How to use Spanish-American War in a sentence
When he left to join the Spanish-American War, Katie kept a picture of him on a locket around her neck.
He began A Moment in the Sun in 1996 as a screenplay about an African-American soldier in the Spanish-American War.
Rival newspaper barons William Randolph Hearst and Joseph Pulitzer were even blamed for starting the Spanish-American War.
One sculpture honors those who died in the Spanish-American War.
Mr. Martin, in remembering interesting episodes, forgot that trifling incident—the Spanish-American War, in 1898.Greenwich Village | Anna Alice Chapin
This weapon had a long reign, and was used side by side with the latest automatic machine gun in the Spanish-American War of 1898.
When my grandparents died, much of the estate was sold—for the Spanish-American War had wrought havoc with the family income.The Ghost Breaker | Charles Goddard
Hearst is reported to have said that it cost him three millions to bring on the Spanish American War.The Path of Empire | Carl Russell Fish
For youth the Spanish American War was a great adventure; for the nation it was a diversion sanctioned by a high purpose.The Path of Empire | Carl Russell Fish
British Dictionary definitions for Spanish-American War
the war between the US and Spain (1898) resulting in Spain's withdrawal from Cuba and its cession of Guam, the Philippines, and Puerto Rico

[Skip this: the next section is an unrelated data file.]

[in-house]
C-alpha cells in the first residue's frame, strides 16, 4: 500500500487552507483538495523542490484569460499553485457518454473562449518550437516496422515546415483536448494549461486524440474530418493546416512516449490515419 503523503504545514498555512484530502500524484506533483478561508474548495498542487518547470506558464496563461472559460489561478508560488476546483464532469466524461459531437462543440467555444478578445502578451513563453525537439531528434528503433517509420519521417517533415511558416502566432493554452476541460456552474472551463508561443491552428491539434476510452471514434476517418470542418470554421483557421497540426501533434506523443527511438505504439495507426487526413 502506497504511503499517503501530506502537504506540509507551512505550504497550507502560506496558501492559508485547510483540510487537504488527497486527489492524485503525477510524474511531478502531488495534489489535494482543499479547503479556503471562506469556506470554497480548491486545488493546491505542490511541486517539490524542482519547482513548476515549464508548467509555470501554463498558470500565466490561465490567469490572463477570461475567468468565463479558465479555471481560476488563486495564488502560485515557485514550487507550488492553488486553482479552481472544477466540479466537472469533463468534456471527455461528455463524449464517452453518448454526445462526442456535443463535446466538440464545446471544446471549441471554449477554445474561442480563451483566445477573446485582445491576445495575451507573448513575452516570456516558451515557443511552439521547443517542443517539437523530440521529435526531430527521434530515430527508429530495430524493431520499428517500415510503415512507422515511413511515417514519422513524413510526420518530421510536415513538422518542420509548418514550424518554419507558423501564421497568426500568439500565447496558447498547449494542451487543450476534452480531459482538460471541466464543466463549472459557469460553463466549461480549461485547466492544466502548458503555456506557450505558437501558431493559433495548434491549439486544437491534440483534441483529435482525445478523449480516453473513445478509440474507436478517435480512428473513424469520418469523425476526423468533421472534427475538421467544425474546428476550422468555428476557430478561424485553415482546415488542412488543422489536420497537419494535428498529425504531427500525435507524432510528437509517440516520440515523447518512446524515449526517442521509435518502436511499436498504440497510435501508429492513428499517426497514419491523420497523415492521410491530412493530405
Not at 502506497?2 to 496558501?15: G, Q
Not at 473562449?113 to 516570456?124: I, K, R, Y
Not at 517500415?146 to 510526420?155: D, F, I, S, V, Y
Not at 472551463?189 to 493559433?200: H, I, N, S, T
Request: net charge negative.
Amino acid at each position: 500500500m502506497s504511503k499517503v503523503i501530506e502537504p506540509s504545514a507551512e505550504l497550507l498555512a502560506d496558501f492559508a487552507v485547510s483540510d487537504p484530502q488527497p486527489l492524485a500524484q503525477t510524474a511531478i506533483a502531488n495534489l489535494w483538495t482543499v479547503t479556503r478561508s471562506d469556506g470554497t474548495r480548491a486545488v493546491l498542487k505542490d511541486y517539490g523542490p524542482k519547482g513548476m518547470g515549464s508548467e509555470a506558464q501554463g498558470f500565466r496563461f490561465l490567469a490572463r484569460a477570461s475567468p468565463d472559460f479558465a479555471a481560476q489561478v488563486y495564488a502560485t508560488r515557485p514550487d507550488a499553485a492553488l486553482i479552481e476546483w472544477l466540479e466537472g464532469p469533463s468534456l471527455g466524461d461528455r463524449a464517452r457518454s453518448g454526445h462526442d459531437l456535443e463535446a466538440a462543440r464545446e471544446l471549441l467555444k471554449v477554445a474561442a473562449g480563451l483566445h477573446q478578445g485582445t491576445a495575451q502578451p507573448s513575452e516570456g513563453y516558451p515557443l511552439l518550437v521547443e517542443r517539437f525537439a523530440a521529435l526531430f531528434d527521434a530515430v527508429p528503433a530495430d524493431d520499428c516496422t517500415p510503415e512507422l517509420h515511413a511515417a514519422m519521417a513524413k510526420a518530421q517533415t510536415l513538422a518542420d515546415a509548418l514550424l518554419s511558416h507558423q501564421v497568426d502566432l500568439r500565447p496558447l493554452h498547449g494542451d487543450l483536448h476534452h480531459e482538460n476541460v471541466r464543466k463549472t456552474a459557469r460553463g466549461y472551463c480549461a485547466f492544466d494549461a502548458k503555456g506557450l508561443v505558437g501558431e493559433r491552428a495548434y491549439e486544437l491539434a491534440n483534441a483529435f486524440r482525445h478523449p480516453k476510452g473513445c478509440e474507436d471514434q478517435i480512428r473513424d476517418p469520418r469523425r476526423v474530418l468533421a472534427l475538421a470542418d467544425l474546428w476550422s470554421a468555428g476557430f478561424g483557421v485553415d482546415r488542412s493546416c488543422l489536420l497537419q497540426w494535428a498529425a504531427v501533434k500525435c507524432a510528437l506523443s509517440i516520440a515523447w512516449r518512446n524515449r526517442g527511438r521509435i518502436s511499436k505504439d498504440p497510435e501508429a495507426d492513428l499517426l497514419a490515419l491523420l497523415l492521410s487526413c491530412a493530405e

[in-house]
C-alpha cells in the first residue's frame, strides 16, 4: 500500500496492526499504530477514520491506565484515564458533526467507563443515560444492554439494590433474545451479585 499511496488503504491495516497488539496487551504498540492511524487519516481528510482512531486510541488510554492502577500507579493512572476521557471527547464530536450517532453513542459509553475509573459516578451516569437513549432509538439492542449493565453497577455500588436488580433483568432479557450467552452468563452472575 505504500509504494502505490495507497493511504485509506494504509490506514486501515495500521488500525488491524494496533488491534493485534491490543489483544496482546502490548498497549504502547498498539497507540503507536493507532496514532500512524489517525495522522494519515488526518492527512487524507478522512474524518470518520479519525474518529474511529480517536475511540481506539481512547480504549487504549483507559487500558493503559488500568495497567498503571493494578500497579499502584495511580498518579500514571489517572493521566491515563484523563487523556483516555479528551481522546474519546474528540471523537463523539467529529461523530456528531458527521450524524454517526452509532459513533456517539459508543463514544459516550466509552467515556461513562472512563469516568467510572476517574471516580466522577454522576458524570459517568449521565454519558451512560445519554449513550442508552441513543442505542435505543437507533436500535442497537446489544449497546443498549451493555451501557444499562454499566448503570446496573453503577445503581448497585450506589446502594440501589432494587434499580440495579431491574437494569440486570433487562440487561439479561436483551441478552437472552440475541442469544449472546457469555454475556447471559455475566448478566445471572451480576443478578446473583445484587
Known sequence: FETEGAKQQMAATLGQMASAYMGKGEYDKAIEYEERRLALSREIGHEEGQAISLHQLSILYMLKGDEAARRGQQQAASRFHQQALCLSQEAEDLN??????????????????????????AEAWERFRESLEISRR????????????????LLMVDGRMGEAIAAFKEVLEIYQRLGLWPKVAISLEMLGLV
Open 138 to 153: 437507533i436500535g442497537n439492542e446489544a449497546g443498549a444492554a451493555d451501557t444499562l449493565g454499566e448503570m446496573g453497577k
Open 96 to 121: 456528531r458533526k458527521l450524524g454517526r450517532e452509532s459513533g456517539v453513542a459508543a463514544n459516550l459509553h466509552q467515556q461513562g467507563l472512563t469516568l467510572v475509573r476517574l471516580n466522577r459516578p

Collins English Dictionary - Complete & Unabridged 2012 Digital Edition © William Collins Sons & Co. Ltd. 1979, 1986 © HarperCollins Publishers 1998, 2000, 2003, 2005, 2006, 2007, 2009, 2012
Cultural definitions for Spanish-American War
A war between Spain and the United States, fought in 1898. The war began as an intervention by the United States on behalf of Cuba. Accounts of Spanish mistreatment of Cuban natives had aroused much resentment in the United States, a resentment encouraged by the yellow press (see yellow journalism). The incident that led most directly to the war was the explosion of the United States battleship Maine in the harbor of Havana, Cuba, an incident for which many Americans blamed Spain (see Remember the Maine). The United States won the war easily. The best-remembered incidents in the Spanish-American War were the charge of the Rough Riders, led by Theodore Roosevelt, in the Battle of San Juan Hill in Cuba, and the Battle of Manila Bay in the Philippines, at which Admiral George Dewey said, “You may fire when you are ready, Gridley.” The United States acquired Puerto Rico, Guam, and the Philippines in the war and gained temporary control over Cuba.
The New Dictionary of Cultural Literacy, Third Edition Copyright © 2005 by Houghton Mifflin Harcourt Publishing Company. Published by Houghton Mifflin Harcourt Publishing Company. All rights reserved.